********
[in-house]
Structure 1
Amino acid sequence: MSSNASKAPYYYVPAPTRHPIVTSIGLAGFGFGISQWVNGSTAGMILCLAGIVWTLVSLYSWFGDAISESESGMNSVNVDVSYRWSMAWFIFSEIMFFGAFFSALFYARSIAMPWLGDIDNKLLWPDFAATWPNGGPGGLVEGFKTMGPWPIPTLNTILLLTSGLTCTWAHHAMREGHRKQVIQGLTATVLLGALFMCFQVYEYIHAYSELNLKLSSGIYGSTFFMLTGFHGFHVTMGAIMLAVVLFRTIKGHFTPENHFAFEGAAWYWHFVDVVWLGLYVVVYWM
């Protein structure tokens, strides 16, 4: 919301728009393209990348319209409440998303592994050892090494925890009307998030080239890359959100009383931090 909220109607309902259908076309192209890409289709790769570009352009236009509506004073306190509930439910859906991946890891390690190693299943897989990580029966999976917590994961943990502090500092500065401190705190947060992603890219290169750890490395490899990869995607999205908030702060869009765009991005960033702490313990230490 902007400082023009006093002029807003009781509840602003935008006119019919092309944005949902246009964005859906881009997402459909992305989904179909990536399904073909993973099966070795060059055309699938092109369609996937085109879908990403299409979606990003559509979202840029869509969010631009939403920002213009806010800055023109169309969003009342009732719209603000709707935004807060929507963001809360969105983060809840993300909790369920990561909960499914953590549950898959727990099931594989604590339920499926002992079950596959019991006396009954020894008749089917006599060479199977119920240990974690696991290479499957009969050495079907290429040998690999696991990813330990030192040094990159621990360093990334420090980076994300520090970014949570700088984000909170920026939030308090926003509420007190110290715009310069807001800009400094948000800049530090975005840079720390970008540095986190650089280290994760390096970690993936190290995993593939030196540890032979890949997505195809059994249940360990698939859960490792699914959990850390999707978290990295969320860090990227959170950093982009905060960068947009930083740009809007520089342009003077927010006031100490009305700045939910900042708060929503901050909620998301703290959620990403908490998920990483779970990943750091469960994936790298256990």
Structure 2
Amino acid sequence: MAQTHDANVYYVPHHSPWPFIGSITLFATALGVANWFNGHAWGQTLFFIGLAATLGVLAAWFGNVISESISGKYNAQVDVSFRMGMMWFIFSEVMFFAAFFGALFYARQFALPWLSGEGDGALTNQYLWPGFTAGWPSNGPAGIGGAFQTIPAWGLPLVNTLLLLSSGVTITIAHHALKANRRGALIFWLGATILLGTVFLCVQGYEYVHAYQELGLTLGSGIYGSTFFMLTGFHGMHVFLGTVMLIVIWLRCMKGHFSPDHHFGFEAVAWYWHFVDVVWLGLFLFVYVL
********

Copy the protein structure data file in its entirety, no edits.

[in-house]
Structure 1
Amino acid sequence: MSSNASKAPYYYVPAPTRHPIVTSIGLAGFGFGISQWVNGSTAGMILCLAGIVWTLVSLYSWFGDAISESESGMNSVNVDVSYRWSMAWFIFSEIMFFGAFFSALFYARSIAMPWLGDIDNKLLWPDFAATWPNGGPGGLVEGFKTMGPWPIPTLNTILLLTSGLTCTWAHHAMREGHRKQVIQGLTATVLLGALFMCFQVYEYIHAYSELNLKLSSGIYGSTFFMLTGFHGFHVTMGAIMLAVVLFRTIKGHFTPENHFAFEGAAWYWHFVDVVWLGLYVVVYWM
């Protein structure tokens, strides 16, 4: 919301728009393209990348319209409440998303592994050892090494925890009307998030080239890359959100009383931090 909220109607309902259908076309192209890409289709790769570009352009236009509506004073306190509930439910859906991946890891390690190693299943897989990580029966999976917590994961943990502090500092500065401190705190947060992603890219290169750890490395490899990869995607999205908030702060869009765009991005960033702490313990230490 902007400082023009006093002029807003009781509840602003935008006119019919092309944005949902246009964005859906881009997402459909992305989904179909990536399904073909993973099966070795060059055309699938092109369609996937085109879908990403299409979606990003559509979202840029869509969010631009939403920002213009806010800055023109169309969003009342009732719209603000709707935004807060929507963001809360969105983060809840993300909790369920990561909960499914953590549950898959727990099931594989604590339920499926002992079950596959019991006396009954020894008749089917006599060479199977119920240990974690696991290479499957009969050495079907290429040998690999696991990813330990030192040094990159621990360093990334420090980076994300520090970014949570700088984000909170920026939030308090926003509420007190110290715009310069807001800009400094948000800049530090975005840079720390970008540095986190650089280290994760390096970690993936190290995993593939030196540890032979890949997505195809059994249940360990698939859960490792699914959990850390999707978290990295969320860090990227959170950093982009905060960068947009930083740009809007520089342009003077927010006031100490009305700045939910900042708060929503901050909620998301703290959620990403908490998920990483779970990943750091469960994936790298256990």
Structure 2
Amino acid sequence: MAQTHDANVYYVPHHSPWPFIGSITLFATALGVANWFNGHAWGQTLFFIGLAATLGVLAAWFGNVISESISGKYNAQVDVSFRMGMMWFIFSEVMFFAAFFGALFYARQFALPWLSGEGDGALTNQYLWPGFTAGWPSNGPAGIGGAFQTIPAWGLPLVNTLLLLSSGVTITIAHHALKANRRGALIFWLGATILLGTVFLCVQGYEYVHAYQELGLTLGSGIYGSTFFMLTGFHGMHVFLGTVMLIVIWLRCMKGHFSPDHHFGFEAVAWYWHFVDVVWLGLFLFVYVL